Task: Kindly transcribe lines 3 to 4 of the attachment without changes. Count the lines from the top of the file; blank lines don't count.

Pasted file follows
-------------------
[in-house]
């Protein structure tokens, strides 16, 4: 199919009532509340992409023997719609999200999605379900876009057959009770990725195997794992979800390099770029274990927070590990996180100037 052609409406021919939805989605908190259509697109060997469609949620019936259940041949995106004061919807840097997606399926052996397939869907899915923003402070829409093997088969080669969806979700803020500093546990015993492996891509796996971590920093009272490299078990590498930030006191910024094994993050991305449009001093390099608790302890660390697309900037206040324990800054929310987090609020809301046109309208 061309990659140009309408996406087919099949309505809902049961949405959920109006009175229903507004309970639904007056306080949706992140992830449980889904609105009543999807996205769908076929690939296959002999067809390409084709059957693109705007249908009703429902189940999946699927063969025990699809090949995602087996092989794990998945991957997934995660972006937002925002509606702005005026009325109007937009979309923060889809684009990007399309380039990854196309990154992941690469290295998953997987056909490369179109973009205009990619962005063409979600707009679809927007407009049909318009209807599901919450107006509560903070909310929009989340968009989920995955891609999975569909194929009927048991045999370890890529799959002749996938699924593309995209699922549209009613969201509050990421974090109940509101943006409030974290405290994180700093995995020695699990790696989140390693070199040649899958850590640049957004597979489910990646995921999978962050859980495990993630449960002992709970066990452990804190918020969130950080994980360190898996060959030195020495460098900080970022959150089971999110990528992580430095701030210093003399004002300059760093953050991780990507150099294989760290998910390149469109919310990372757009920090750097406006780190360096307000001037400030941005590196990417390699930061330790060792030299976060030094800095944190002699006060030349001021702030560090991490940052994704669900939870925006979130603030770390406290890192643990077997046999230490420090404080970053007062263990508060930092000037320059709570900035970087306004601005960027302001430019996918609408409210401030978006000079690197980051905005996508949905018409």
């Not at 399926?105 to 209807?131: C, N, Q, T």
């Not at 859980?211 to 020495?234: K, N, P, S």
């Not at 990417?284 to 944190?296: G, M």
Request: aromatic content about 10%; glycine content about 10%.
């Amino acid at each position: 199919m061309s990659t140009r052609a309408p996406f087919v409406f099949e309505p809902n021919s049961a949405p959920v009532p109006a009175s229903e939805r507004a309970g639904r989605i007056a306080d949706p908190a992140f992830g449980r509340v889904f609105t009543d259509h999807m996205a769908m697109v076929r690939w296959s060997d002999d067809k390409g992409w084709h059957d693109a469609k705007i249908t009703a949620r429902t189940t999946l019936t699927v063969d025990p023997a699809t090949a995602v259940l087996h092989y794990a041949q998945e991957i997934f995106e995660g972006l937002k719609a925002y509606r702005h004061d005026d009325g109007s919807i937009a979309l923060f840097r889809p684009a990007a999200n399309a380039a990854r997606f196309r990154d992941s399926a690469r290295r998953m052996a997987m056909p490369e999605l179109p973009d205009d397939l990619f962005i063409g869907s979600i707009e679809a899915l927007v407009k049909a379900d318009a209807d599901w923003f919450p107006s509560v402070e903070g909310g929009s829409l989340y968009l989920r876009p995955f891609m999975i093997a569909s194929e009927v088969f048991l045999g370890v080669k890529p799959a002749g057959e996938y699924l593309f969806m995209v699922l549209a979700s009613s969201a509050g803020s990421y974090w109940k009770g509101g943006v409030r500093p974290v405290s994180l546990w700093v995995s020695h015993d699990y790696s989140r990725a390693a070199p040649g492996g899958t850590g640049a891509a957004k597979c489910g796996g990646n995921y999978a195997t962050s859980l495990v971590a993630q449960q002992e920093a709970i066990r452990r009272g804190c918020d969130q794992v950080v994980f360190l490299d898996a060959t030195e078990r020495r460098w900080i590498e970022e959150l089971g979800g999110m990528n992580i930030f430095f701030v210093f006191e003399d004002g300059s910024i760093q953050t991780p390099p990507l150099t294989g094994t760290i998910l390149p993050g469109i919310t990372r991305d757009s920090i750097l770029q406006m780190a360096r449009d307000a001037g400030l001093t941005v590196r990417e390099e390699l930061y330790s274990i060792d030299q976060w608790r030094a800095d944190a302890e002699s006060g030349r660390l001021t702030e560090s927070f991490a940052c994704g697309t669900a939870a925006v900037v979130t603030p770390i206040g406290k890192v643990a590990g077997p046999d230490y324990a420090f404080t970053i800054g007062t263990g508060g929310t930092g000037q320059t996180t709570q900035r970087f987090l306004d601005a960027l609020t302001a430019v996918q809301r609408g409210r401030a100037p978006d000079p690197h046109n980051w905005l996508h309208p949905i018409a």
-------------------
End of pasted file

């Not at 399926?105 to 209807?131: C, N, Q, T």
């Not at 859980?211 to 020495?234: K, N, P, S």